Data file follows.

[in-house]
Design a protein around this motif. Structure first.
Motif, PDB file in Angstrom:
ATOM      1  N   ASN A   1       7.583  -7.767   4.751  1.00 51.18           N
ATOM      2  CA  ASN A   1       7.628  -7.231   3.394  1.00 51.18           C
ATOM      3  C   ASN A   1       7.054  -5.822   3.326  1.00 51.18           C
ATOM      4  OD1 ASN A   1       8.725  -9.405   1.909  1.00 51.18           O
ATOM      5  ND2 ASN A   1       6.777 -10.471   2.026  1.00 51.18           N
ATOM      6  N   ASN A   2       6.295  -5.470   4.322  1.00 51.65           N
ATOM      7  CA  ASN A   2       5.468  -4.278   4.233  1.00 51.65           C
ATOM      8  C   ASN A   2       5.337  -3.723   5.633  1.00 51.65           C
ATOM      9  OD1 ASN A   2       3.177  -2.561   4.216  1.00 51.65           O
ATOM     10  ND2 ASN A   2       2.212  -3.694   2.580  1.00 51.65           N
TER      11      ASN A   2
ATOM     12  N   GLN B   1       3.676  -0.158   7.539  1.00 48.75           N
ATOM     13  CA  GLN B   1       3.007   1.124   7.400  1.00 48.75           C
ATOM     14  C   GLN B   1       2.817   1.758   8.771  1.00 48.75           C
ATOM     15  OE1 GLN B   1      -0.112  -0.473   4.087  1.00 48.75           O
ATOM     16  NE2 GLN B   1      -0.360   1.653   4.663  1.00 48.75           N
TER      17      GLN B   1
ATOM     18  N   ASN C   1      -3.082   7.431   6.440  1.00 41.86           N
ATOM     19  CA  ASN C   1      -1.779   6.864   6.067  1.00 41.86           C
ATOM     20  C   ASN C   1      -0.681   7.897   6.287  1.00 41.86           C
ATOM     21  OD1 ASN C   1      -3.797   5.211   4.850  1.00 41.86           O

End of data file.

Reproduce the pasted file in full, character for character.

[in-house]
Design a protein around this motif. Structure first.
Motif, PDB file in Angstrom:
ATOM      1  N   ASN A   1       7.583  -7.767   4.751  1.00 51.18           N
ATOM      2  CA  ASN A   1       7.628  -7.231   3.394  1.00 51.18           C
ATOM      3  C   ASN A   1       7.054  -5.822   3.326  1.00 51.18           C
ATOM      4  OD1 ASN A   1       8.725  -9.405   1.909  1.00 51.18           O
ATOM      5  ND2 ASN A   1       6.777 -10.471   2.026  1.00 51.18           N
ATOM      6  N   ASN A   2       6.295  -5.470   4.322  1.00 51.65           N
ATOM      7  CA  ASN A   2       5.468  -4.278   4.233  1.00 51.65           C
ATOM      8  C   ASN A   2       5.337  -3.723   5.633  1.00 51.65           C
ATOM      9  OD1 ASN A   2       3.177  -2.561   4.216  1.00 51.65           O
ATOM     10  ND2 ASN A   2       2.212  -3.694   2.580  1.00 51.65           N
TER      11      ASN A   2
ATOM     12  N   GLN B   1       3.676  -0.158   7.539  1.00 48.75           N
ATOM     13  CA  GLN B   1       3.007   1.124   7.400  1.00 48.75           C
ATOM     14  C   GLN B   1       2.817   1.758   8.771  1.00 48.75           C
ATOM     15  OE1 GLN B   1      -0.112  -0.473   4.087  1.00 48.75           O
ATOM     16  NE2 GLN B   1      -0.360   1.653   4.663  1.00 48.75           N
TER      17      GLN B   1
ATOM     18  N   ASN C   1      -3.082   7.431   6.440  1.00 41.86           N
ATOM     19  CA  ASN C   1      -1.779   6.864   6.067  1.00 41.86           C
ATOM     20  C   ASN C   1      -0.681   7.897   6.287  1.00 41.86           C
ATOM     21  OD1 ASN C   1      -3.797   5.211   4.850  1.00 41.86           O